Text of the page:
I do not take many pictures in the rain. This week I took one of the skies toward Atlanta from my doctor's office, on the 5th floor. Below there were several Canada Geese grazing in the parking lot, which earlier had been flooded. I also have a picture of a music event that I took earlier, under the rain.
When I went to my doctor I used my large beige Portuguese umbrella. Several years ago we went to Lisbon, Portugal for a week. It was raining as we went to visit the famous Calouste Gulbenkian Museum. I bought an umbrella in the gift shop to use later on our hike to St. George Castle.
The Calouste Gulbenkian Museum is an outstanding museum located on 17 acres of beautifully landscape gardens. It is one of the largest private collections in the world. The collection was built during 40 years by Calouste Sarkis Gulbenkian, an Armenian born in Turkey (like my father.) As a young man Calouste went first to Marseille, France, then to King's College in England where he obtained a top engineering degree at only age 19. Later he helped found the Turkish Petroleum Company (later Iraq Petroleum Company) and was the first industrialist to exploit Iraqi oil. He was the person who negotiated the oil concessions from Saudi Arabia to US firms. His 5% share made him one of the richest men in the world. He left $70,000,000 and his 6,000 art collection to Lisbon to start a foundation. He died in Lisbon in 1955, age 86. His collection includes many masterpieces such as Greek coins and a vase 2400 years old, Japanese prints and European art by Claude Monet, Pierre-Auguste Renoir, Rembrandt, Rubens, Van Dyck, Houdon sculpture and unique pieces by French glass maker Rene Lalique.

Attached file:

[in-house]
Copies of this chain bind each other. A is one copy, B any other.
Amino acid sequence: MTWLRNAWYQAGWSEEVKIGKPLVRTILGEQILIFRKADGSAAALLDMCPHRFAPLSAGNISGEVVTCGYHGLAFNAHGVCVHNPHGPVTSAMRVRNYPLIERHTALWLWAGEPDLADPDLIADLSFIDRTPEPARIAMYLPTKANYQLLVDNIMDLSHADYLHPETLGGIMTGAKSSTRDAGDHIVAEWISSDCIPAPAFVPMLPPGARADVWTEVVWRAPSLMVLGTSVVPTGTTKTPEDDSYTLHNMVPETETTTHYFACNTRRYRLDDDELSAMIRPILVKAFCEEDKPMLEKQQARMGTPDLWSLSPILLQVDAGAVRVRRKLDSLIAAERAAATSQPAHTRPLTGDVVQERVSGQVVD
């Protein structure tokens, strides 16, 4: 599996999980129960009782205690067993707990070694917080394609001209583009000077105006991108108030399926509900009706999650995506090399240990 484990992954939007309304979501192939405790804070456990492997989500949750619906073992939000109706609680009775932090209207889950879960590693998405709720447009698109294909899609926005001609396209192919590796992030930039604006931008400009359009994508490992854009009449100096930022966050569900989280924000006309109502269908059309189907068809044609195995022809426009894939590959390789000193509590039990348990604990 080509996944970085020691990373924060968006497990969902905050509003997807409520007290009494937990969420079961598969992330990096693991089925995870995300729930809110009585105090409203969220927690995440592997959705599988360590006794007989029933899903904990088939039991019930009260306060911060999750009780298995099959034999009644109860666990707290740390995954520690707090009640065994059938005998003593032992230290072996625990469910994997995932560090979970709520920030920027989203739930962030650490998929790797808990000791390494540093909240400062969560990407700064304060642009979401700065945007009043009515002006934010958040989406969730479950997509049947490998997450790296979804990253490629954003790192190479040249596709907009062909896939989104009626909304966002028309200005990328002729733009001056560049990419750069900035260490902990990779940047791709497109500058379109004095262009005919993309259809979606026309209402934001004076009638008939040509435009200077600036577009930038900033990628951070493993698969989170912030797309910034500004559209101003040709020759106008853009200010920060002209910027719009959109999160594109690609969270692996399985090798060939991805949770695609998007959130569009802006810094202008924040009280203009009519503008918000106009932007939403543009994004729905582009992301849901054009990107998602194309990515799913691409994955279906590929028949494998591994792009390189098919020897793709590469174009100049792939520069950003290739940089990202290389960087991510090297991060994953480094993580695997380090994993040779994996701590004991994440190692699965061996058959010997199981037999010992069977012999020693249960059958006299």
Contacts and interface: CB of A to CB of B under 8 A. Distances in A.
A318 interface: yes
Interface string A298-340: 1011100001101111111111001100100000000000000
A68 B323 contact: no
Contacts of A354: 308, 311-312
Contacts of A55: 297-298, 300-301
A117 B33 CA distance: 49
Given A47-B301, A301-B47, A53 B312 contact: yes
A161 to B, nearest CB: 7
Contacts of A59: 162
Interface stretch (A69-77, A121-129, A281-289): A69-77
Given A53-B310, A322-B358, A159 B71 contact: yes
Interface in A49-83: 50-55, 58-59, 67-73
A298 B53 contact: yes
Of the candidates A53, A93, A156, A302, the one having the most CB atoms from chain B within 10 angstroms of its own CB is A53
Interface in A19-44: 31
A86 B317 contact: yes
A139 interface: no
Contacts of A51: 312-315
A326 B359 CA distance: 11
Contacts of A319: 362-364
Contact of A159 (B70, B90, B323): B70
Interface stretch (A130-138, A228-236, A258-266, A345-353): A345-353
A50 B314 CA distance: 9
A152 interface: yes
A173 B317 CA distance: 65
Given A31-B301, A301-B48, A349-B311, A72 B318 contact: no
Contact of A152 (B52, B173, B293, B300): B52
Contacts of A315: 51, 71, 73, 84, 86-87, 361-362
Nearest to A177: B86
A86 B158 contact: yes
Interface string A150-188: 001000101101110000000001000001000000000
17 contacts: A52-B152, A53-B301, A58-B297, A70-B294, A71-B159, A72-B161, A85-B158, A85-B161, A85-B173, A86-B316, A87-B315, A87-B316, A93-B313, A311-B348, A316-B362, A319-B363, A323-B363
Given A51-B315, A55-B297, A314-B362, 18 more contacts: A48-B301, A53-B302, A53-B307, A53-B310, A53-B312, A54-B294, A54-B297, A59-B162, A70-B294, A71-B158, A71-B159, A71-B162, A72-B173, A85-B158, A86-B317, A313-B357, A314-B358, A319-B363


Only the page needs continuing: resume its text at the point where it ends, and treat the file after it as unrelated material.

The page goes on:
Above is a portrait of Calouste Gulbenkian as a young man. Above him is a painting entitled Quilleboeuf, Mouth of the Seine by Joseph M. W. Turner, British (1775-1851,) top right is Two Women Asleep by John Singer Sargent, American (1856-1925) center is Still Life with Melons, Claude Monet, French (1840-1926) and bottom is Portrait of Madame Claude Monet, Pierre Auguste Renoir, French (1841-1919.) Below is a pendant by Rene Lalique, French (1860-1945.)
It stopped raining in Lisbon after our first day then it was easy walking and sightseeing during the rest of our stay. It would be easy walking on our road too, but so much water is not appealing to me.
Maybe if I used my Paris umbrella, I could imagine that I am walking in the rain in Paris? I don't think so.
It's better to stay inside and read or watch Mitsuko, my kitten, taking a peek outside from the window sill. The shade loving plants have done well under the rain - even though some pots are water logged, and the weeds have grown so tender and green that we get a daily visit from a bunny.
Insects like to be indoors too I think as I watched a scorpion in my sink this morning when I went to wash my teeth. My husband picked the scorpion up and placed it on the front porch among all the plants. The Caladiums have been growing quite well, but my figs are still small and green - usually by now I am making fig jam.
In the back yard, apart from a couple of foliage plants, the flowers have drowned. You can see below how pretty were the violet Torenia in the spring, and the pot now is full of water - flowers all gone, and not a pretty sight!
As I am writing this, Tuesday evening August 20th, it is still raining.
Since I started with a song, I'll finish with another one. It is a rainy night in Georgia tonight ... and it sure feels like it's rainin' all over the world!
A rainy night in Georgia, a rainy night in Georgia
Lord, I believe it's rainin' all over the world
I feel like it's rainin' all over the world ...
- from Brook Benton's song